Shannon Foynes Port Company (SFPC) in Ireland recently took delivery of a new Liebherr Mobile Harbour Crane LHM 420, which was delivered fully assembled by sea from Liebherr’s factory in Rostock
Shannon Foynes Port Company opted for a new Liebherr mobile harbour crane type LHM 420 following a competitive tendering process. The tender documentation paid particular attention to the machine’s quality and technical innovations along with ongoing aftersales support.
The new LHM 420 was delivered fully assembled to the Port of Foynes by the MV PAPENBURG heavy load carrier. Loading took place at the Liebherr production facility in Rostock, Germany and the sailing time to Foynes was six days.
On arrival in Foynes, the crane was simply driven off the vessel by Liebherr engineers and was ready for work the same day, saving the time and space at the customer’s site needed for onsite assembly and testing of cranes shipped in component form. Liebherr can now deliver cranes from Rostock fully assembled to destinations all over the world to save customers time and inconvenience.
This includes the plan’t biggest port crane, the LHM 800, which has been shipped fully-erect to destinations such as Montevideo, Valaparaíso and Saint Petersburg-Bronka.
The new crane will primarily be used to handle bulk products and has a grab curve of 75 tonnes (grab plus load). This allows larger grabs to be installed, which results in increased turnover per cycle and ultimately reduced fuel consumption. It will also be used to handle project cargo, in particular wind turbines. Maximum SWL under hook is 124 tonnes.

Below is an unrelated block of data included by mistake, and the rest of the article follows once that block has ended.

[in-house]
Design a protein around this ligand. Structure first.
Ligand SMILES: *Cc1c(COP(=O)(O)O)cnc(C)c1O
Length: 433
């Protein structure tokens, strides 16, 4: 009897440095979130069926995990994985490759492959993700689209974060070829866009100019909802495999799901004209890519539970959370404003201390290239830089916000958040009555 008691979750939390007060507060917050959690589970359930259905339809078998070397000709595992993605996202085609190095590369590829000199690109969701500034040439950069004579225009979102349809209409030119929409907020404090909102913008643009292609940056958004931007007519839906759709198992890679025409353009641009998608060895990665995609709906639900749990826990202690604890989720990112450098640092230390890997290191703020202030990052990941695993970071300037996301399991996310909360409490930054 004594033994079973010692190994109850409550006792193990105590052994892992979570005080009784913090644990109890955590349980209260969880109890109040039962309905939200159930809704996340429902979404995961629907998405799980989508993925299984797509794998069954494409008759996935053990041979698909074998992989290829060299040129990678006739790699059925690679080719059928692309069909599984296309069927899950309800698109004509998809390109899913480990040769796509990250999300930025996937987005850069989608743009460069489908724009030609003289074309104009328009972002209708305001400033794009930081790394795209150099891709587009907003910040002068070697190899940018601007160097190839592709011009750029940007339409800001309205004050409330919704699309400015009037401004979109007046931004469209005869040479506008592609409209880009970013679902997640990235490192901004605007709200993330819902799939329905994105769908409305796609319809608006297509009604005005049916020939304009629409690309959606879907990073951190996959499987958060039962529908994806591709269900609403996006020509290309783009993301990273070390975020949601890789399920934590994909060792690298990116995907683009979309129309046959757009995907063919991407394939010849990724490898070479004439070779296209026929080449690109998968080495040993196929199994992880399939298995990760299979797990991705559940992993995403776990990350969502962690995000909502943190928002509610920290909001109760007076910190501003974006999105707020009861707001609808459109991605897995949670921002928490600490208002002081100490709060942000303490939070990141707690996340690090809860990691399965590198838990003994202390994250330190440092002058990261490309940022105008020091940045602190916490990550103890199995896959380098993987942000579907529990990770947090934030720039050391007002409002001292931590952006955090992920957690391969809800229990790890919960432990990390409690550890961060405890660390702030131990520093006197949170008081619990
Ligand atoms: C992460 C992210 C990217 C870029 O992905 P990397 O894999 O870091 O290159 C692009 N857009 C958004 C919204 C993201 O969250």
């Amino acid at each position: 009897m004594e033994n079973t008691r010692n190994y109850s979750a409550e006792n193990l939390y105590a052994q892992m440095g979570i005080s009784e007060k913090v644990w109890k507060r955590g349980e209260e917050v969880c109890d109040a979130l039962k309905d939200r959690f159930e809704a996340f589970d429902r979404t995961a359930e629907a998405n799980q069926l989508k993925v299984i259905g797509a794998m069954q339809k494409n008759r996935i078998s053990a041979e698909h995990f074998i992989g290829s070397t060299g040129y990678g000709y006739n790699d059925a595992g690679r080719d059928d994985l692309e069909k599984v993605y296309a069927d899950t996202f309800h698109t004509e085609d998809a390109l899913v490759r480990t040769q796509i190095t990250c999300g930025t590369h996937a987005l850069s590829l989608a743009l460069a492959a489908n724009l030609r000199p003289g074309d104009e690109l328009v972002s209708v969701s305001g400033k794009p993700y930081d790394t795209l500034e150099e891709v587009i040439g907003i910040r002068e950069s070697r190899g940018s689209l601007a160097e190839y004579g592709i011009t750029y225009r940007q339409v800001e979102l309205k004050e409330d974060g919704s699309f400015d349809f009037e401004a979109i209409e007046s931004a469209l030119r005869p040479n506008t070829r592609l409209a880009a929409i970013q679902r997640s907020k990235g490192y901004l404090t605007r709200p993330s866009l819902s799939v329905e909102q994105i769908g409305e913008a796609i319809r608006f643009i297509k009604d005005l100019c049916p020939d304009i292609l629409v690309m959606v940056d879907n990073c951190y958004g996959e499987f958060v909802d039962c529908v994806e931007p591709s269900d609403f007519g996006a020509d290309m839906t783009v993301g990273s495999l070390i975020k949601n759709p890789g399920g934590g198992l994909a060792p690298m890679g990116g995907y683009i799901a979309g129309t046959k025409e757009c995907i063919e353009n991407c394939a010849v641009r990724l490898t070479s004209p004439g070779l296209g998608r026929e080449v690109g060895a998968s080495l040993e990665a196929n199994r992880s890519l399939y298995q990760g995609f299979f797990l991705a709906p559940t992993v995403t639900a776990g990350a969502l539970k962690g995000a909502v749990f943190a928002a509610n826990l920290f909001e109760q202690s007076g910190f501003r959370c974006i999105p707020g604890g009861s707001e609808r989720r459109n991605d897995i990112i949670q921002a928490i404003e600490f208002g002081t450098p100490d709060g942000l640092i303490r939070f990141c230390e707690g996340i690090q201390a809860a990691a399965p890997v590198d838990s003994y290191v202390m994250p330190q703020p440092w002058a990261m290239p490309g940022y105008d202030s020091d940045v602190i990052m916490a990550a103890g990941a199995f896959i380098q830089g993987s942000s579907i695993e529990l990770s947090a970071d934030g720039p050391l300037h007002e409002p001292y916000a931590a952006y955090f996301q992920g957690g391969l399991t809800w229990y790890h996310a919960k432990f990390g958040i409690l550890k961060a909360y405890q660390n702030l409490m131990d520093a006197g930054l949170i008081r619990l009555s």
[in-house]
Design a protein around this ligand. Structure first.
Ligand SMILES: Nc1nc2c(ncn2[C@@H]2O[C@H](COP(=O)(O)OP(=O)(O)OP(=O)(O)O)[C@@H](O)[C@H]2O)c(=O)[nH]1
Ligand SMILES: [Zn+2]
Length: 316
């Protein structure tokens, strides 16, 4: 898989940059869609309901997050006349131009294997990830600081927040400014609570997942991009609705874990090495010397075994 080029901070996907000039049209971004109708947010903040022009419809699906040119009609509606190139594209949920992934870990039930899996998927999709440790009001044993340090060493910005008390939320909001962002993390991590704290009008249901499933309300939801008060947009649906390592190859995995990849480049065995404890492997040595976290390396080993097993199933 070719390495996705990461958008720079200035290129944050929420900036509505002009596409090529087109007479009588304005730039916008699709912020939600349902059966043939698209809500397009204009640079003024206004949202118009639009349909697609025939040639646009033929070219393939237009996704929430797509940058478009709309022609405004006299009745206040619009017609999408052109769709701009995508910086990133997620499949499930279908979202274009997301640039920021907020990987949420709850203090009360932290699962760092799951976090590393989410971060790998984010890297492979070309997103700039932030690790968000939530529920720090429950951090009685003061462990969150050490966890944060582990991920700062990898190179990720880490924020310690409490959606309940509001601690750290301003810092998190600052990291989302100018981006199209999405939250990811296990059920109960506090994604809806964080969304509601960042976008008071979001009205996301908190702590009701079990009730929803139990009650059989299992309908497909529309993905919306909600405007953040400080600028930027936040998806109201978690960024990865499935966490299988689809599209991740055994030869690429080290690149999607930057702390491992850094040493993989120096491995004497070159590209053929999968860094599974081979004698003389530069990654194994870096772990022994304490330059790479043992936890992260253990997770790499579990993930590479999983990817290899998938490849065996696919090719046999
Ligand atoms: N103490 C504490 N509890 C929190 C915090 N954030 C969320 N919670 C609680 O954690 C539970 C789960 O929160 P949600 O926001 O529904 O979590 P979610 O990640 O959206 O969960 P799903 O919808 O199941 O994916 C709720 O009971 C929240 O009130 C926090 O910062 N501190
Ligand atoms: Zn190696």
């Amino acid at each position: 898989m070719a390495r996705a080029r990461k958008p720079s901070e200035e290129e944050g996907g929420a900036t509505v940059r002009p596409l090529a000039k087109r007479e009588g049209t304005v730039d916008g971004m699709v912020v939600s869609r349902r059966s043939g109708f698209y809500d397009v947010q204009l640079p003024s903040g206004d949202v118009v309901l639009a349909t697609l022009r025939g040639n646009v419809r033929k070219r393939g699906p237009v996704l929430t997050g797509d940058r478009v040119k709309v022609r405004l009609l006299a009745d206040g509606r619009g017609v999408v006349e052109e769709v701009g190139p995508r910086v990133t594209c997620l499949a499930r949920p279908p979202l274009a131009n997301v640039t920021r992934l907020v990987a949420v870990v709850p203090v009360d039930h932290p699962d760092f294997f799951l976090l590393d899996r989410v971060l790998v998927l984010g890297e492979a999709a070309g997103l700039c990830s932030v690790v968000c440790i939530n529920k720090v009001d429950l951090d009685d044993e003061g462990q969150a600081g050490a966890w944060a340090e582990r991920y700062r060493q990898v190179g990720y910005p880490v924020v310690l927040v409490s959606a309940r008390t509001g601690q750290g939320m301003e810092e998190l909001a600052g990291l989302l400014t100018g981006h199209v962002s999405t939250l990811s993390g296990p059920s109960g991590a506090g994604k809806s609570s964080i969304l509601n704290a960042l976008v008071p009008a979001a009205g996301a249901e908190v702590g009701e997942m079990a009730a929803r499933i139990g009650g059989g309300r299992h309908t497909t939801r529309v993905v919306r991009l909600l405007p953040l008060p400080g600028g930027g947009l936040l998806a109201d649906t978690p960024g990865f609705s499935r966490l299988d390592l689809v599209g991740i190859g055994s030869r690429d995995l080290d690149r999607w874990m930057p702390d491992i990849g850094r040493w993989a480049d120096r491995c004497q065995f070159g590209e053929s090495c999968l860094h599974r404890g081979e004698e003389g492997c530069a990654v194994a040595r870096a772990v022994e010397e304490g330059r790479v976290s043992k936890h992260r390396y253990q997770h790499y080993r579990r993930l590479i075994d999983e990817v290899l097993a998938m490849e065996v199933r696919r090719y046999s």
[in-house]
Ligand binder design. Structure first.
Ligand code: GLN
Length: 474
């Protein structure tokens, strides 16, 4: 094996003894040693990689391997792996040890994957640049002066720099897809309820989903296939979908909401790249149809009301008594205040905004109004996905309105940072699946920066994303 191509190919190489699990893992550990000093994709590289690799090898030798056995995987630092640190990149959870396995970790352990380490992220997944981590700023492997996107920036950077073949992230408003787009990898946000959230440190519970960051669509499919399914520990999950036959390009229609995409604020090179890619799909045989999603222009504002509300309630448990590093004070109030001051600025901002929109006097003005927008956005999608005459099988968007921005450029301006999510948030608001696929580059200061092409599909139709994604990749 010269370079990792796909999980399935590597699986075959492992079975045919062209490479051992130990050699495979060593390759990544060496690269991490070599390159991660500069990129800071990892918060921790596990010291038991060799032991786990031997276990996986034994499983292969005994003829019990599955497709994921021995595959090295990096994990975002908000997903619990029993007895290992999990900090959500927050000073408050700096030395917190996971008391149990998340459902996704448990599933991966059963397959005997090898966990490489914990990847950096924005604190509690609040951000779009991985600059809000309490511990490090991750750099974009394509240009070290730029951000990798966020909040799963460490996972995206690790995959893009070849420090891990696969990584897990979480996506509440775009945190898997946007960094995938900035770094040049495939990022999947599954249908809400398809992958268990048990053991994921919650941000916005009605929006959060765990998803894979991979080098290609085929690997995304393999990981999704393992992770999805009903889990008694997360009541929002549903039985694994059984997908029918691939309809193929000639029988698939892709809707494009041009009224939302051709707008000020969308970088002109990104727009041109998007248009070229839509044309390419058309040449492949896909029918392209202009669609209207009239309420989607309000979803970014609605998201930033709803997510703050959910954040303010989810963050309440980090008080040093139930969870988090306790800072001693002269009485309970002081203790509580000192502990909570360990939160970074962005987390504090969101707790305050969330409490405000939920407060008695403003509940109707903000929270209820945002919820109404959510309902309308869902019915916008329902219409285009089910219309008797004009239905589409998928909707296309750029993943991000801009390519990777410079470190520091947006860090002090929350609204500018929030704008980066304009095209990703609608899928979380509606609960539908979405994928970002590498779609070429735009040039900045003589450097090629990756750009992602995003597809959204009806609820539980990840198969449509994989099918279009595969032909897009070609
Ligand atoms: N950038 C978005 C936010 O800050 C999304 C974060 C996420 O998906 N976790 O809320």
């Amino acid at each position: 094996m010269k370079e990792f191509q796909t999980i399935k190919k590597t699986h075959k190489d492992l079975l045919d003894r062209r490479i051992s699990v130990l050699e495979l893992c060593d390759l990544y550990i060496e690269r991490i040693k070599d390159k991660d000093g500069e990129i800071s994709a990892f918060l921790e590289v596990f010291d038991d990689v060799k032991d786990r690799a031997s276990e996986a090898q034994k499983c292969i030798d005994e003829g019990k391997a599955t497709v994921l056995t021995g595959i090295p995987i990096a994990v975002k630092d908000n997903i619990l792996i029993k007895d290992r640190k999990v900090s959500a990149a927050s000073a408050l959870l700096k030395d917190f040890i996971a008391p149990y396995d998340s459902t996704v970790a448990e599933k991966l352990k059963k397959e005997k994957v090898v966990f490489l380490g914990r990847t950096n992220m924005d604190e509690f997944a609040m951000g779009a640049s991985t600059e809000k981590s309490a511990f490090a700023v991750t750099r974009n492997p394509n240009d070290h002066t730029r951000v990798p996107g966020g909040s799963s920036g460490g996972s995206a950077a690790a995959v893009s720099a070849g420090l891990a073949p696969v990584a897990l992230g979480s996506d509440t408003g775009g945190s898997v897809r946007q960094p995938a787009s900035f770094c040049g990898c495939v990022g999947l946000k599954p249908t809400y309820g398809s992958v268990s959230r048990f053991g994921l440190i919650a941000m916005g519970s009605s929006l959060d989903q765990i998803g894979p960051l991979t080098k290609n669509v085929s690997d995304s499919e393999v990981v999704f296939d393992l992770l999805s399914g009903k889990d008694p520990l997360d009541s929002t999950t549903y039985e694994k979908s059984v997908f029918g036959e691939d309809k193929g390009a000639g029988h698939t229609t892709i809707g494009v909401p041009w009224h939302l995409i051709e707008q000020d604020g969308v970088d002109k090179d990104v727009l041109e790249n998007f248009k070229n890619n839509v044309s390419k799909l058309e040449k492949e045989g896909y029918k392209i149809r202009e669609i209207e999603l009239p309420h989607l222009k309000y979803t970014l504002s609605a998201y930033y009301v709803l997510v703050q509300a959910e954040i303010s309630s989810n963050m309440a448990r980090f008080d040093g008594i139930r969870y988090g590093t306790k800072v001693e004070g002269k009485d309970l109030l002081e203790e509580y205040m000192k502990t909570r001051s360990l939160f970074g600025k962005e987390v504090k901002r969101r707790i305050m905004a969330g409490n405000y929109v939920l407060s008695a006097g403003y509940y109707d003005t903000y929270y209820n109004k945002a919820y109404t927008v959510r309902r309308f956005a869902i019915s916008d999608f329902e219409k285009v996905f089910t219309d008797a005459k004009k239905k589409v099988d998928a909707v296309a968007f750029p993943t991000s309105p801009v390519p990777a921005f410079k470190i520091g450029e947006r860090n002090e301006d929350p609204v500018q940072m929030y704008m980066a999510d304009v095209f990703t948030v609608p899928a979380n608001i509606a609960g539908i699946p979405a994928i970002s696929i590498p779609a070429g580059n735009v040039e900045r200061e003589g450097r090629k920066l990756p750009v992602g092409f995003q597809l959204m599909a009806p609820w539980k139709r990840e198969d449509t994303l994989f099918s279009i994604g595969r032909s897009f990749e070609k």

The grab curve is 45% greater and the heavy lift capability is twice as great as available on the port’s existing craneage, said the port company’s Engineering & Port Services Manager John Carlton.
To prevent dusty cargoes from entering the machinery room, the crane is also fitted with a positive air pressure system that pressurises the machinery room with clean air.
Due to the port’s close proximity to the town of Foynes, the new crane had to be near silent in operation. Additional sound proofing was installed to reduce noise emissions to ensure that the crane could not be heard by nearby residents and business owners.
The port company’s CEO Pat Keating said: “We need efficient jetties, but we also need efficient plant and machinery and this crane gives us all of that and more. This piece of equipment is future proofing the port. It’s something we need for the here and now but it’s also planning ahead. The greater lift capacity and reach it provides us with enables us to bring in new business.
"That means more ships, bigger ships and processing them with faster turnaround times. So it’s an investment in our customers. And with the LHM 420’s very low emissions and lower noise levels, its environmental footprint is minimised.”